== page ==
Friday, September 6, 2013

Going After the Cows

Going After the Cows

My grandmother, Eva (Smith) Cox (1889-1988) was the daughter of James Thomas and Sarah (Sanders) Smith.  She grew up on their family farm near Select (pronounced SEE-lect, she said), about two miles or so from Cromwell. She said when she was about eight or ten, one of the daily chores for her and some of her younger brothers and sisters was to go after their eight or ten milk cows and heifers every evening and bring them home to be milked. 

Cows had to be milked twice a day, morning and evening. With a family household of eleven people, they used a lot of milk. Their mother first strained the milk, and then used it to cook with, to churn and make butter with, and to drink three times a day at each meal.  Sometimes her mother made yellow cheese.  Any left-over buttermilk or soured milk was fed to the pigs, ducks and chickens. 

After the cows had been milked in the evening, they were penned overnight, and then milked again the next morning.  Then the gate to the barn lot was opened, and the cows were turned out to the pasture to stray and graze where they pleased.  Most of the time, they wandered over a high hill on the backside of a large pasture about a quarter mile from their house near the woods.  They watered quite a distance away in a nearby spring-fed creek.  Another pasture held their ten or twelve sheep, and the children could always hear them bleating while they were looking for the cows.  

At milking time in the evening, the children went after the cows to be milked and always listened for the tinkling bell that one old mama cow wore around her neck.  All the other cows followed her lead and were always grazing nearby.  When they heard the tinkling of the cow bell, Grandmother said it sent them in the right direction to find the other cows.  Then they herded all of them together and started driving them up to the top of the hill, following a well-worn path toward the barn on the other side.  At the bottom of the hill, they each grabbed a younger cow’s tail, started them to running up the hill, and let the cows pull and drag them to the hilltop. The bell on the old lead cow would always be ringing like crazy while they were running.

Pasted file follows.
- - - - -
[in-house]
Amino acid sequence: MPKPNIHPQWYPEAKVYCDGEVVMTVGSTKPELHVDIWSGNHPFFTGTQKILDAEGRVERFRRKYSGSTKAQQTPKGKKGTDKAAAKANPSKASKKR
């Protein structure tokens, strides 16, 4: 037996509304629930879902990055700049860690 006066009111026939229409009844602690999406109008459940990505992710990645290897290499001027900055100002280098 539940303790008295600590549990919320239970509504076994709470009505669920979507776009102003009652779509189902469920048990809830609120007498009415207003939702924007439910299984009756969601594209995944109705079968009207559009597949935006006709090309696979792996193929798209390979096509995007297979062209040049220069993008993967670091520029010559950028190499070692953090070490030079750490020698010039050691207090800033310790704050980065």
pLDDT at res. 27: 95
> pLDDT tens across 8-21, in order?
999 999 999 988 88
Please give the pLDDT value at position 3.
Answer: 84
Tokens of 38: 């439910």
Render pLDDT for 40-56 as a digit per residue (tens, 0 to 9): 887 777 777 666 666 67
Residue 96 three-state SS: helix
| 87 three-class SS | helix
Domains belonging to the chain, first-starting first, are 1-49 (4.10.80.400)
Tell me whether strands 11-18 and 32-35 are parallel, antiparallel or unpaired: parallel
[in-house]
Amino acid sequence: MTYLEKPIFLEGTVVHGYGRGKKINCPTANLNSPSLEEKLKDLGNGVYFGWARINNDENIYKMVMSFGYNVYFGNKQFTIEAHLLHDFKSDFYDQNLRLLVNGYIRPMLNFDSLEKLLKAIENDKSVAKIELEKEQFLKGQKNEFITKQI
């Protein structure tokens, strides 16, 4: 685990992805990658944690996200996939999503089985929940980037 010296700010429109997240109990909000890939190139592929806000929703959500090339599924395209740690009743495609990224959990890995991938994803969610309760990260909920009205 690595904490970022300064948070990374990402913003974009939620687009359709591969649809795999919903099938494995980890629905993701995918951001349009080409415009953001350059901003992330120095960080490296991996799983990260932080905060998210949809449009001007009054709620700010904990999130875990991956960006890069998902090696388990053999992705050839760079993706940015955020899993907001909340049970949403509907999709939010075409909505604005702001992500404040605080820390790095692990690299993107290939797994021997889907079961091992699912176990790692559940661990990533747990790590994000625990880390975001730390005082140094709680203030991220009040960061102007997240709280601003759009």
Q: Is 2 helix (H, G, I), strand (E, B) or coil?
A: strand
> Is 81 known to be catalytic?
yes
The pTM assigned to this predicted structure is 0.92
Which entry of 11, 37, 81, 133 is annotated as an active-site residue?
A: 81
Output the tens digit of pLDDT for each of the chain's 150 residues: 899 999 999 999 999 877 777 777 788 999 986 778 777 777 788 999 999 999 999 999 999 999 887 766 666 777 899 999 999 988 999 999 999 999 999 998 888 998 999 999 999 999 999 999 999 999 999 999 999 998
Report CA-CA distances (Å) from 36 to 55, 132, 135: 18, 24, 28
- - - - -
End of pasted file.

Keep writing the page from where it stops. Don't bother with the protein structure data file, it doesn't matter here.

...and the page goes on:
When they got to the pen lot at the barn, the cows were driven through a gate and put in stalls, where they waited their turn to be milked by the older children.

Going after the cows was one of their regular chores, but the kids made it great fun.  She said if her daddy had known what they were doing, he would not have been happy!  And they would have been in big trouble!   In that day and time, kids thought up all kinds of games and activities to entertain themselves.
                                                                                                   ~ Janice Brown, Tyler, TX


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